Submitted to: Crop Science Society of America
Publication Type: Other
Publication Acceptance Date: 12/13/2020
Publication Date: 3/22/2021
Citation: Greene, S.L. 2021. What are seeds made of – and how can they grow into fruitful plants?!. Crop Science Society of America. Available: https://sustainable-secure-food-blog.com/2021/03/22/what-are-seeds.
Interpretive Summary: n/a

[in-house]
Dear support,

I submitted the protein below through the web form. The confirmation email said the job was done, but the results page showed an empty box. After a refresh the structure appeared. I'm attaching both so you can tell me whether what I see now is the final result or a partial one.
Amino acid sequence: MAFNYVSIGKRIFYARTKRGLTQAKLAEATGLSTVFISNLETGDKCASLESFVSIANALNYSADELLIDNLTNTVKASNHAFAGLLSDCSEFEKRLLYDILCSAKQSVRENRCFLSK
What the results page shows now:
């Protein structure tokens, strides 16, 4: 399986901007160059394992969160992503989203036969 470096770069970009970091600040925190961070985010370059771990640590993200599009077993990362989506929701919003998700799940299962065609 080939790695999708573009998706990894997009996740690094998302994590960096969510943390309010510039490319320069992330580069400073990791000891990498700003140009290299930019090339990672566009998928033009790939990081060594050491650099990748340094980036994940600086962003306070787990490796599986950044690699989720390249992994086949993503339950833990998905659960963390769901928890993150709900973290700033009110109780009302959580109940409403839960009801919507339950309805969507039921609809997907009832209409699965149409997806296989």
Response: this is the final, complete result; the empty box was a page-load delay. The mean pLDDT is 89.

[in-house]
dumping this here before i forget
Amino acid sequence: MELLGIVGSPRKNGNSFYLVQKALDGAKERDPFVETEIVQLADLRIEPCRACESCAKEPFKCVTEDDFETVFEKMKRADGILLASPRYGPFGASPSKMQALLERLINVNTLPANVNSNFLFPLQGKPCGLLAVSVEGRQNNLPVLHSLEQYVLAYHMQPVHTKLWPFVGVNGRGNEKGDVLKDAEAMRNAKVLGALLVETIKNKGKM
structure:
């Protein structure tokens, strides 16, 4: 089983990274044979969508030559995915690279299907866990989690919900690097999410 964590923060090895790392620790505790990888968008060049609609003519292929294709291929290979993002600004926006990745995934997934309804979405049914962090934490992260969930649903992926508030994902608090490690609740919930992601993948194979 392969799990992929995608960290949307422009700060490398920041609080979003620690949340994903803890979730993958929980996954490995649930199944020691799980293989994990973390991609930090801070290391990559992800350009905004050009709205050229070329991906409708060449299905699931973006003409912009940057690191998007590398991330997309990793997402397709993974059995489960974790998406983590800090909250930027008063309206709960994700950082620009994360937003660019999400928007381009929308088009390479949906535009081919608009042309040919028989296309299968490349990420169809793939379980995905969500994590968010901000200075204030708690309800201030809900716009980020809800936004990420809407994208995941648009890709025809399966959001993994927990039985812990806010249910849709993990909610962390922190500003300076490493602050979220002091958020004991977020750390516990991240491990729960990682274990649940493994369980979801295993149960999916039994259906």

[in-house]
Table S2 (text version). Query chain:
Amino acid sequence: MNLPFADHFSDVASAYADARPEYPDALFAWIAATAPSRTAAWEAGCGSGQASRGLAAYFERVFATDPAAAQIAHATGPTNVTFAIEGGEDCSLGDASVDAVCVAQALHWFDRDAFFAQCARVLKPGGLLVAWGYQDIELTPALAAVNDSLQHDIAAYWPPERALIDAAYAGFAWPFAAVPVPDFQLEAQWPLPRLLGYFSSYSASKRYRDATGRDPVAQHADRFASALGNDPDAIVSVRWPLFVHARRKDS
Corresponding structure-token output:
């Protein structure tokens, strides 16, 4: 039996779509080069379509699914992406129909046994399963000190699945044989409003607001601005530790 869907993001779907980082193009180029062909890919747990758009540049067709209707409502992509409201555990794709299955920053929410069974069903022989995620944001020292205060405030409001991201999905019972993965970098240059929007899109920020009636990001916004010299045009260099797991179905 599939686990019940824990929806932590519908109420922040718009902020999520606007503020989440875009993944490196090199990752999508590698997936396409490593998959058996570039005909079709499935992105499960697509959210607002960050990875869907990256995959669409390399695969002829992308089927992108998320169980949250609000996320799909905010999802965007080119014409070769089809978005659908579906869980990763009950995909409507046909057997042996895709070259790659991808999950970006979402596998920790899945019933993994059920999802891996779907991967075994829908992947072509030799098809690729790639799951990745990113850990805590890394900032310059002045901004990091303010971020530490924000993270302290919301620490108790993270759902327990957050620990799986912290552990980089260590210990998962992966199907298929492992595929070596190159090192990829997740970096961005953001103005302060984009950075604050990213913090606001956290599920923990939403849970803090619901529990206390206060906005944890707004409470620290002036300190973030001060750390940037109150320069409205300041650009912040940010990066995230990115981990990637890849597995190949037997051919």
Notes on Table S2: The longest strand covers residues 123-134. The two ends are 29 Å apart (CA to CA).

Technical Abstract: Seeds have been around for 125 million years, when flowering plants came about in the Cretaceous period. The success of flowering plants depended on protecting, dispersing and ensuring the successful establishment of offspring. Seeds fill that role, in all their myriad forms, from the microscopic speck of an orchid seed to the 40-pound Coco del Mar palm seed. The precious plant embryo is protected within a seed coat, which protects the embryo until conditions are right for plant growth. Some species are so well protected their seeds can endure for years, even hundreds of years. Although flowering plants are anchored to the ground with roots, their seeds can wander. Different seed shapes, sizes, and fruit-opening mechanisms result in dandelion seeds blowing away on a breeze, okra seeds exploding from pods, cockleburs hitching a ride on socks, and coconuts floating; all moving to new locations where if conditions are favorable, they can germinate and grow. Seeds have a clever strategy. They will not germinate unless conditions are right for seedling growth. Some species take this even further. Their seeds are dormant. Dormancy keeps the seed quiet, only allowing growth to occur when the right combination of events occur, signaling that conditions are best to ensure the survival of an emerging seedling. This might be a cold moist period, followed by raising temperatures portending spring, or smoke from a fire, foreshadowing nutrient ash and sunshine. Once the dormancy code is cracked, the seed germinates. The embryo begins to grow, utilizing nutrient tissue within the seed to sustain itself, until the first leaves unfurl and begin to gather energy from the sun. With energy, the plant begins to grow, following the genetic path laid down in DNA, that leads to a fruitful plant.